Books in the Middle: Reading for Middle School

Our focus is on books middle school students might like to read and topics pertaining to books for these students, and we are giving recommendations. Teachers, librarians and middle school students are the contributors to this blog. If you would like to listen to booktalks of some of these books, please check out this site and enjoy!

In the Snow Come Wolves October 14, 2019

Filed under: Historical Fiction — oneilllibrary @ 9:11 am

Feo lives with her mother, and Black, Gray and White, the wolves that never left her, even after she finished wilding them. You see, Feo, is a wolf wilder. A long time ago, in Russia when the tzar still ruled, aristocrats (rich people) used to have wolves for pets. But once the “pets” outgrew their captivity as all wolves will at some point, they needed a place to get rid of them. That is where Feo’s family came in. For generations, Feo’s family has been teaching these captive raised wolves what it means to be a wolf again, and then releasing them into the wild. Because she and her mother have wolves around all the time, most people stay away from them.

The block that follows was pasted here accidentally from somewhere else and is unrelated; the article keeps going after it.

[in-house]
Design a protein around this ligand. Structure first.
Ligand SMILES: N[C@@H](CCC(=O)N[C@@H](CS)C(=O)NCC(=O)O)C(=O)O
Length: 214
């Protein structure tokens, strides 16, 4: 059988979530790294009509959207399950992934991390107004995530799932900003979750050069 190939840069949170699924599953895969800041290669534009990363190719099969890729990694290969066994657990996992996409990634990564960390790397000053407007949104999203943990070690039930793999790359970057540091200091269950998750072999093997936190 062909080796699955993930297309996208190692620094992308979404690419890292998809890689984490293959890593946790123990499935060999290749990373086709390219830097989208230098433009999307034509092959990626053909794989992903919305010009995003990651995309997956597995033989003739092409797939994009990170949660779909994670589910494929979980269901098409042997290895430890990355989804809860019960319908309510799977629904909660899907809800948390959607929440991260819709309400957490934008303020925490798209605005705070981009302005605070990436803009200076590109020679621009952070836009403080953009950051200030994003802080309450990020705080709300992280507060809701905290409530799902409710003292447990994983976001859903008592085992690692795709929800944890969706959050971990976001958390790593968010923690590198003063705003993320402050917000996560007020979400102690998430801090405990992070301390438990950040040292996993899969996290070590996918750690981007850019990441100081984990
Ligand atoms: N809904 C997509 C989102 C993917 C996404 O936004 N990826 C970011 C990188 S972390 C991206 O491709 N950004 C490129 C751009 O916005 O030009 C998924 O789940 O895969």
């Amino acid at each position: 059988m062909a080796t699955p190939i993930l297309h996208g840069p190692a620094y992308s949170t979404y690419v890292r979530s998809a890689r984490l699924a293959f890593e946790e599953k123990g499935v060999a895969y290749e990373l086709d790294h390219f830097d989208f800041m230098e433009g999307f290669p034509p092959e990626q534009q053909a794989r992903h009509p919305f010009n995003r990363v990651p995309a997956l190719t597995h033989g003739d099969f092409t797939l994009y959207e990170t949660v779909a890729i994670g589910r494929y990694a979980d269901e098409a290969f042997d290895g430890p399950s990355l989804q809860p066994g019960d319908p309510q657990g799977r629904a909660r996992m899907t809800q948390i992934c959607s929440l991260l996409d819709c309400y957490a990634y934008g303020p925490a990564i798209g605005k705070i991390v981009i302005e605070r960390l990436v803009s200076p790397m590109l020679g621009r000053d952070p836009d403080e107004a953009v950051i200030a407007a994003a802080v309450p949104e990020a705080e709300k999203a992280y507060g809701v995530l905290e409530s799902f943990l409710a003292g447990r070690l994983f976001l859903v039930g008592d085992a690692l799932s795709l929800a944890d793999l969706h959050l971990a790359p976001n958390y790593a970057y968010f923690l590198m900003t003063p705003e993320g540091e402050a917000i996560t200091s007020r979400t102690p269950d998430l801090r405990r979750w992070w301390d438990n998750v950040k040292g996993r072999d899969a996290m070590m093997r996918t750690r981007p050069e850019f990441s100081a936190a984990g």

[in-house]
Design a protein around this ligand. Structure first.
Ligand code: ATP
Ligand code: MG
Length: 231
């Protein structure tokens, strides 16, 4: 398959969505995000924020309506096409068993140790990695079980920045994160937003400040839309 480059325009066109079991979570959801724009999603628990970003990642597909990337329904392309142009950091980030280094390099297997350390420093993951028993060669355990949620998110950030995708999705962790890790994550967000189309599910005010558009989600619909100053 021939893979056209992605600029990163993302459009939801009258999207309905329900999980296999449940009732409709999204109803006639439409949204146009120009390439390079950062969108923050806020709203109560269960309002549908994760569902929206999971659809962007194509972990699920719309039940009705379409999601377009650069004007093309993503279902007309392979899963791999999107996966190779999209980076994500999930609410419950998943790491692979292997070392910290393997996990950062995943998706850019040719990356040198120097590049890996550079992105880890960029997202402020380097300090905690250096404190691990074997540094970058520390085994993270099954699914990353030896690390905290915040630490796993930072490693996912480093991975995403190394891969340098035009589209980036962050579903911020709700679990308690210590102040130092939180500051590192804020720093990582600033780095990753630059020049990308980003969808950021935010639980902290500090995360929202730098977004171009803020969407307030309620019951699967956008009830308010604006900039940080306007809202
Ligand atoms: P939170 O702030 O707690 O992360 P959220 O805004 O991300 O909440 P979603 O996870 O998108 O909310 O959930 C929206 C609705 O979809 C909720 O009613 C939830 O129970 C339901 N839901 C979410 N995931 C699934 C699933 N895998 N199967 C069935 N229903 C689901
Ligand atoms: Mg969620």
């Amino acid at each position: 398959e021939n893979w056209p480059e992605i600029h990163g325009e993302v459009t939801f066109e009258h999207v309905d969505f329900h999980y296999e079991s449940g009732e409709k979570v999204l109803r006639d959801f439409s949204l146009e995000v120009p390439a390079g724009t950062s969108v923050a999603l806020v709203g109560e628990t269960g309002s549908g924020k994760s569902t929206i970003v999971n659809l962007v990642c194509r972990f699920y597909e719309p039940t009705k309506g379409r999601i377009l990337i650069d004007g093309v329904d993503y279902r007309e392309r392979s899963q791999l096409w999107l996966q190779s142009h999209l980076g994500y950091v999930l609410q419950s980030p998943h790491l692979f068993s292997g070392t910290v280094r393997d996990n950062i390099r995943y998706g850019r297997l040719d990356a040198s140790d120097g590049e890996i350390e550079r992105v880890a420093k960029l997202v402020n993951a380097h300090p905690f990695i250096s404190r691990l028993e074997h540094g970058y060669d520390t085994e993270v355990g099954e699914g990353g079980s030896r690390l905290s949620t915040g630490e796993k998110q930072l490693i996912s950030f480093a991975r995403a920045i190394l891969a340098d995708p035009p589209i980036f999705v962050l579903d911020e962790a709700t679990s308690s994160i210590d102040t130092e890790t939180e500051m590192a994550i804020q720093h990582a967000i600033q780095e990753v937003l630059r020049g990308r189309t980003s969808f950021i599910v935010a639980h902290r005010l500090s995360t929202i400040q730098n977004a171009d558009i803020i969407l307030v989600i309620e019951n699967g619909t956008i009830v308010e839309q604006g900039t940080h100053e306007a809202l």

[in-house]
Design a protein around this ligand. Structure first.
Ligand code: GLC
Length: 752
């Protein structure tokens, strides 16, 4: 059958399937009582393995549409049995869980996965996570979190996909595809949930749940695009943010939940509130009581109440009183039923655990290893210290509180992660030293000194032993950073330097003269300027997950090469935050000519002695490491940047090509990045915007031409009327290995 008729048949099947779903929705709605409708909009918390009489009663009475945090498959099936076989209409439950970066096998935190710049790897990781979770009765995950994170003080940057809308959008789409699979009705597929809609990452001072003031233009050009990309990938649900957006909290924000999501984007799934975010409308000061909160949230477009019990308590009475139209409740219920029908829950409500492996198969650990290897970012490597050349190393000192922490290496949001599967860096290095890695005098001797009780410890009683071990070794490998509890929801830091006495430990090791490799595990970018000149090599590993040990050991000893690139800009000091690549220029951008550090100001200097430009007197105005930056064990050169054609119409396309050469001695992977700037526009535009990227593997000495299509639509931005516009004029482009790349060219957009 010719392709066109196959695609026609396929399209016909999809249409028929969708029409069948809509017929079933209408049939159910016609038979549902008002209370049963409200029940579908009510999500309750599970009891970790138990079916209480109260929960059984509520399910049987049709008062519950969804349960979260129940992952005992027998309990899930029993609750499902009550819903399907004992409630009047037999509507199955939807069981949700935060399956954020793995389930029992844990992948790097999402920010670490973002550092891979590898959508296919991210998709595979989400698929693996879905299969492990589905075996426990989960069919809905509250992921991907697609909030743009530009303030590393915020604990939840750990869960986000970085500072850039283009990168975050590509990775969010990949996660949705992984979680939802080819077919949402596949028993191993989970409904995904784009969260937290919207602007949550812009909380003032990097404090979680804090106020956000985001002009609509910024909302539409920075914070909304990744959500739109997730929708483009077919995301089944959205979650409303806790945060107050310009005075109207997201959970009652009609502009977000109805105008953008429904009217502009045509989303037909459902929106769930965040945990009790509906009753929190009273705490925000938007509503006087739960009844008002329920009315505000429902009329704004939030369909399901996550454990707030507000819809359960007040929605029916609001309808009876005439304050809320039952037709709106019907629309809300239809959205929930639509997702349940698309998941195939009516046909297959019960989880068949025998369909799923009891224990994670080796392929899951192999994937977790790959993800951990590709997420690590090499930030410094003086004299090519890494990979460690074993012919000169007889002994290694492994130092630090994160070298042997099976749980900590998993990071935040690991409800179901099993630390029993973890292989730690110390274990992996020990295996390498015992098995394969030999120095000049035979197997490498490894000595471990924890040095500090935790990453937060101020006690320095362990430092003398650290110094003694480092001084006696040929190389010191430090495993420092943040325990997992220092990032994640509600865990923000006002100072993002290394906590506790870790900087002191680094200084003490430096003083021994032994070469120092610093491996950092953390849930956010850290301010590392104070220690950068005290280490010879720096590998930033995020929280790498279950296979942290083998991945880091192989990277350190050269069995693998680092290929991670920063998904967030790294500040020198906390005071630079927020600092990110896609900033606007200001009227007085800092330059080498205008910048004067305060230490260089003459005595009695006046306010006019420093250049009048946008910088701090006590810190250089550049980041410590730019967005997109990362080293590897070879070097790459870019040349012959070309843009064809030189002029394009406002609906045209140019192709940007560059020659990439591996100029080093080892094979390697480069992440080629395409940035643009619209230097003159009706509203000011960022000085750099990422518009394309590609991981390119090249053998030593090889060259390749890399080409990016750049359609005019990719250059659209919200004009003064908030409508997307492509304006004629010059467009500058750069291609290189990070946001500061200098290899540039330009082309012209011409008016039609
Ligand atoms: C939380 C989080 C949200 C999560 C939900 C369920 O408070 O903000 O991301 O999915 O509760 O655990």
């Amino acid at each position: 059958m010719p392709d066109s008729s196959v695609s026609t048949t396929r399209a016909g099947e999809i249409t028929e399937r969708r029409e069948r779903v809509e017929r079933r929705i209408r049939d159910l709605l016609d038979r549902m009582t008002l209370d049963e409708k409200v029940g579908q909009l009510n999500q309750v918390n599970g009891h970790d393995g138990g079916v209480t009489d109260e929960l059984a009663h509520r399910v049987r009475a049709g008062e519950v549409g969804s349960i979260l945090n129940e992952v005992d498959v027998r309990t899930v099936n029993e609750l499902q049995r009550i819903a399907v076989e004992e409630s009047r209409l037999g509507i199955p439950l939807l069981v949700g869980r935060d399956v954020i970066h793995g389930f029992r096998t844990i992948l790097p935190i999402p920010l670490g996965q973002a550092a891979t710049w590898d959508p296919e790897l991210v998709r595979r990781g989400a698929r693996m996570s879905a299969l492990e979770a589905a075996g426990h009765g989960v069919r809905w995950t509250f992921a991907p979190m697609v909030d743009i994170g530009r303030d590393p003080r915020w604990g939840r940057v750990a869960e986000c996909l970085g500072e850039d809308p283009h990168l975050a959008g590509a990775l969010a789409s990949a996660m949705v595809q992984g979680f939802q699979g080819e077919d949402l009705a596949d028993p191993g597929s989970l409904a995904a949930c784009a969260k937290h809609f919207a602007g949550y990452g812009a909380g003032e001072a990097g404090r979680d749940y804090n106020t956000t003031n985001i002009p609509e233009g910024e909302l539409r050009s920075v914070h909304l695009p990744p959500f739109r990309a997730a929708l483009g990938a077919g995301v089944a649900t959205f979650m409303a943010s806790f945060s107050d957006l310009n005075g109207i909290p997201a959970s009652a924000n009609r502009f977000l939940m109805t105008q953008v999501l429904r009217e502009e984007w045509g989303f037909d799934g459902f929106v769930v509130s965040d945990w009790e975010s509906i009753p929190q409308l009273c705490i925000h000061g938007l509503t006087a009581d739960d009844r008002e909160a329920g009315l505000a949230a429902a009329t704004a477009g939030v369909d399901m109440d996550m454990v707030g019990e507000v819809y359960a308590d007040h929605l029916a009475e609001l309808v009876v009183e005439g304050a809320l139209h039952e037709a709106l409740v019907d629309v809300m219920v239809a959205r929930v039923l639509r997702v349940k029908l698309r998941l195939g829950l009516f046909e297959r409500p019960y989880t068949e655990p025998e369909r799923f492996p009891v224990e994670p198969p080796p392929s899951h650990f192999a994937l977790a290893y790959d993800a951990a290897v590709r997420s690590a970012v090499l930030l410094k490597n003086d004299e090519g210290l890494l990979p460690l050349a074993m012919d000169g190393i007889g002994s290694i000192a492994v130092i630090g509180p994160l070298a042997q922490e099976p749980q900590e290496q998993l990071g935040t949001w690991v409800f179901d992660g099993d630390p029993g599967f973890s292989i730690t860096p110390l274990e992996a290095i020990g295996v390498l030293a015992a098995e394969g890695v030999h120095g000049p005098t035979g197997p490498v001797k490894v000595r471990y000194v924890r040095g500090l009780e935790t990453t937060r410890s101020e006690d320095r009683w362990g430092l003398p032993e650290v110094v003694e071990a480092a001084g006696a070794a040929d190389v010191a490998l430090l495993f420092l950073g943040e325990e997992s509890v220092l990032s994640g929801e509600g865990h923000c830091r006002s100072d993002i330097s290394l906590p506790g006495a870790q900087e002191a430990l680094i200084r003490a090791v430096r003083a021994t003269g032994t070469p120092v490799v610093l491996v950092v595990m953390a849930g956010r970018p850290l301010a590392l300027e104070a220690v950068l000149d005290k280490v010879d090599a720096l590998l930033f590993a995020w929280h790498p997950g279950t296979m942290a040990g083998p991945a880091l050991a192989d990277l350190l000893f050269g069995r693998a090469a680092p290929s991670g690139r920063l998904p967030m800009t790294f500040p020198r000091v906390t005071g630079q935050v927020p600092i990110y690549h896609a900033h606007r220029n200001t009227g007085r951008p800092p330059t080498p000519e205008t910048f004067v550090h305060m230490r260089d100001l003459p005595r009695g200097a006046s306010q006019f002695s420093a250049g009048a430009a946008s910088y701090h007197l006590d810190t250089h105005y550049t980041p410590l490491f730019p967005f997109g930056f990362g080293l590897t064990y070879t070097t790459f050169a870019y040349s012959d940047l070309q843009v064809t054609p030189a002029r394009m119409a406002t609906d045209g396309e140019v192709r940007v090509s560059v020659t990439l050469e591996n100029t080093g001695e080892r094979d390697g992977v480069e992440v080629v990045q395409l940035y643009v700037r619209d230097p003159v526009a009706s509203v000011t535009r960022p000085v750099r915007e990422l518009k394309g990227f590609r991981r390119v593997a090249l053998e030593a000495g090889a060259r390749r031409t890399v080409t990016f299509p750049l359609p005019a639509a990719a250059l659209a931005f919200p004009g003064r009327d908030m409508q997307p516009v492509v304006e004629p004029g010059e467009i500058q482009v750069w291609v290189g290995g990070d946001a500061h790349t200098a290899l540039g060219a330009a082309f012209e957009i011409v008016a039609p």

All that changes one night when the local general, Rakov, forces his way into Feo’s house and says that the wolves they have sent back to the wild are actually killing the animals in the tzar’s forests and as such he demands compensation for the loss. Of course, Feo and her mother don’t have the money he demands. He then tells them if he catches Feo near any wolves, he’ll kill the wolves and arrest them both.

Feo doesn’t really think that will happen, but when another wolf gets dropped off at their door for wilding, Feo has no idea the storm that is about to irrupt and change her life forever. download

The Wolf Wilder by Katherine Rundell is a non stop page turner. The wolves make the story as well as a host of other characters Feo encounters along the way. Although the story is set in pre revolutionary Russia, it is hard to know exactly which parts are historically accurate and which are just fun fiction. Still, the book is a quick and enjoyable read, one which this reader wishes had included an author’s note regarding the past or current practice of re-wilding animals.

Recommended for grades 6th and up.


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